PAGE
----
While watching the Stanley Cup match on Saturday, the first period ended and legendary sportscaster Bob Costas appeared on the screen with the Lexus Intermission Report.It made me chuckle seeing an overt corporate placement because the day before, a blogger at the political website Mother Jones named Tom Philpott had asked me on Twitter what I thought of a new EPA paper on the herbicide atrazine.Since it's Twitter and only 140 characters, I replied he should ask the maker of the pesticide. To rational people, this makes sense. The EPA's career scientists have produced some of the best pesticide papers in the world and Syngenta employs world-class scientists of their own. I have only written about atrazine a few times in over 1,000 articles and 10 years, so I can hardly be considered an expert compared to them. Why ask me? The answer became obvious with his response and a limp effort at the kind of 'gotcha journalism' Mother Jones does (even on Twitter, where character limits are fixed) - he had no interest in science or context, he was just looking for an excuse to engage in political grandstanding. He smarmily repliedWell, of course he should ask them, that is why I said it. The weird thing is that he believes it would be legitimate to ask anyone else. The reason is obvious, by way of an analogy; if you want to know about the weaknesses of an Intel processor, you go ask AMD, not Intel, and certainly not me. If there are flaws in the EPA's paper or gaps in the studies they selected for their analysis, the obvious way to find them is to ask is the manufacturer. That is Journalism 101. 

Obviously, he did not want to engage in journalism, he wanted to engage in political posturing. But to what avail? Does he really think a small, unrestricted grant (.009 of American Council on Science and Health revenue last year) from a company allows them to buy some special clout with us?  It's batty conspiracy talk. I wondered, watching that hockey game and that corporate-sponsored intermission report, if Mother Jones similarly believes Bob Costas is rigging the score of the hockey game to be whatever outcome Lexus wants. Because, you know, the network that pays him proudly lists Lexus right on the screen.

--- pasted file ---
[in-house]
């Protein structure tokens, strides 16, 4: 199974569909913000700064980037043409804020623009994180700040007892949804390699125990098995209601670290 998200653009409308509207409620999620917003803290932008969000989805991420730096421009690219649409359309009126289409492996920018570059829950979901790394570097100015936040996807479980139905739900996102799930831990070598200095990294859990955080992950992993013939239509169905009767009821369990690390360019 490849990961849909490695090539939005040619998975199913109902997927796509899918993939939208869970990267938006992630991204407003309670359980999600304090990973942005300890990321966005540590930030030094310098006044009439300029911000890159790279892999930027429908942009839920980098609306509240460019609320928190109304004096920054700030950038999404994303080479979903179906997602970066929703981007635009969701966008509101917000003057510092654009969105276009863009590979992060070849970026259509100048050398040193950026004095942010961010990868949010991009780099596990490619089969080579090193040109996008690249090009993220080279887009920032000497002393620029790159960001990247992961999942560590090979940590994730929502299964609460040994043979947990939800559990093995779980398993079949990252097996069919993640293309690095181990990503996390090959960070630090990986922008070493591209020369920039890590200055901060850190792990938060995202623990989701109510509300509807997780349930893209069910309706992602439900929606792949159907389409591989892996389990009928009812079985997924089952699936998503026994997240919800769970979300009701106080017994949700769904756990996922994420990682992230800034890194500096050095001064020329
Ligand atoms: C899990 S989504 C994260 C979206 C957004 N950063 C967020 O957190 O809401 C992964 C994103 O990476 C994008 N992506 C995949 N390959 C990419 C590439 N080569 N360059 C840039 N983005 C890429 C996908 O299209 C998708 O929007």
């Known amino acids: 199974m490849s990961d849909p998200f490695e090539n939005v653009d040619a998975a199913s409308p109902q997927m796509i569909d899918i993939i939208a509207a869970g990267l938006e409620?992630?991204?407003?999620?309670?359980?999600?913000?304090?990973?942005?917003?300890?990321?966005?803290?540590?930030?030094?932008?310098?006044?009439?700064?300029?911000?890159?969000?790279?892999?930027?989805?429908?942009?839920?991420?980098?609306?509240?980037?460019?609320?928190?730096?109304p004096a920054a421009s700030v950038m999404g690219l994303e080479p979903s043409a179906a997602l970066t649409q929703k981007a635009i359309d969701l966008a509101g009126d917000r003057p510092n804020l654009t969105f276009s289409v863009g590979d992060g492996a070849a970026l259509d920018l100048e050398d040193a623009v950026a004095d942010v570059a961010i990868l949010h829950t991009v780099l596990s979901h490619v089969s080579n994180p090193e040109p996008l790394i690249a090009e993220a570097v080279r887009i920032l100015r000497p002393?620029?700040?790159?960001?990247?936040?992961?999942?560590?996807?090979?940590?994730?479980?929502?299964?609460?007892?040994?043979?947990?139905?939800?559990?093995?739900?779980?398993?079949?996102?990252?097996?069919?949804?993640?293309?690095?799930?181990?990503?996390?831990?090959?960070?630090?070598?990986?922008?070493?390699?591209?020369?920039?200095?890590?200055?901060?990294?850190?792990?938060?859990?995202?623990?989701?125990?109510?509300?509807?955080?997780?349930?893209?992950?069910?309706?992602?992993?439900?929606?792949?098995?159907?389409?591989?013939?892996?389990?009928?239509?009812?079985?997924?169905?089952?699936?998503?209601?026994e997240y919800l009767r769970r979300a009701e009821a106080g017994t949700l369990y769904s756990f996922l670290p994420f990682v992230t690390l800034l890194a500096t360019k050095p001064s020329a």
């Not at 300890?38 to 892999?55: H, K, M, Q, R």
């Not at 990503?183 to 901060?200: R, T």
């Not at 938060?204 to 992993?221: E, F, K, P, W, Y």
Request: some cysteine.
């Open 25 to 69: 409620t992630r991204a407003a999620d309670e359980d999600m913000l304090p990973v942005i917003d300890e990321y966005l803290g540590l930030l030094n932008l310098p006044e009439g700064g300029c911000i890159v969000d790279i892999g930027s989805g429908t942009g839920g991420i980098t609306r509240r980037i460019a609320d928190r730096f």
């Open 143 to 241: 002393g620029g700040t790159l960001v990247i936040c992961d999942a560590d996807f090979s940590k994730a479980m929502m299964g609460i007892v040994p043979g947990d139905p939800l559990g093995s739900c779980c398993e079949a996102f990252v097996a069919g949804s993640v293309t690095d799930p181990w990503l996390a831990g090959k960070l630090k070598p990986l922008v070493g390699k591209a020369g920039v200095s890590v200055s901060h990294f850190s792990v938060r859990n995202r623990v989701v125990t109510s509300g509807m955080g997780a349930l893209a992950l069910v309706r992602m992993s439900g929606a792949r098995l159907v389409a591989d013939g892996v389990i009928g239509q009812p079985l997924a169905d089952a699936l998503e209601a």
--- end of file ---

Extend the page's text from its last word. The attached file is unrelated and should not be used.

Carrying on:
At the Council, we also proudly list our corporate donors, as does the American Heart Association, United Way and numerous prominent non-profits. You know who doesn't? Mother Jones. But they have them. A lot of them. On their last available Form 990, the Foundation for National Progress, the parent of Mother Jones, had ~$13,000,000 in revenue. A subscription to Mother Jones magazine costs $12. They have just under 167,000 subscribers. That's around $2,000,000 in subscription revenue, meaning about $11,000,000, a whopping ~84 percent of their revenue, is dark money. Where does that 84 percent of their revenue come from, then? Obviously corporations and certainly partisan political activists like George Soros.

So what? Why don't we use that to smear Mother Jones writers the way they have persistently done to us and every scientist that doesn't match the political proclivities of their donors? For the same reason I don't think everyone is out to pick my pocket. Unlike Mother Jones employees, I don't assume all employees at Mother Jones are shills for corporations and political ideologues just because they have so many corporations and political ideologues giving them money. (1)

Anyway, in case it remains unclear; no, Mother Jones employees, Bob Costas is not a shill for Big Lexus, nor is he manipulating the score of hockey games, no matter what Vast Corporate Conspiracy you choose to believe about scientists. And even less believable is that any of us at the American Council on Science and Health manufacture articles that are false because anyone paid us to do so.

If you want to read our recent peer-reviewed publications, free of charge, because that is actually what donors want us to produce...

Does ‘Excess’ Dietary Salt Cause Cardiovascular Toxicity?

Concussions: Fact v. Fiction

The Name Game: How Unethical Environmental Groups and Toxic Fanatics Scare You With Words

And more to come this year. If only Mother Jones used its millions of dollars so constructively, rather than paying employees to engage in social media smear campaigns.


(1) Though Tom Philpott may be. A Freedom of Information Act request revealed that organic corporate marketing groups routinely call on him to promote their message against competitors:

Unsurprisingly, other journalists were not giving him a free pass when he ridiculed the notion that he had been bought off, though he persistently claims everyone else has been: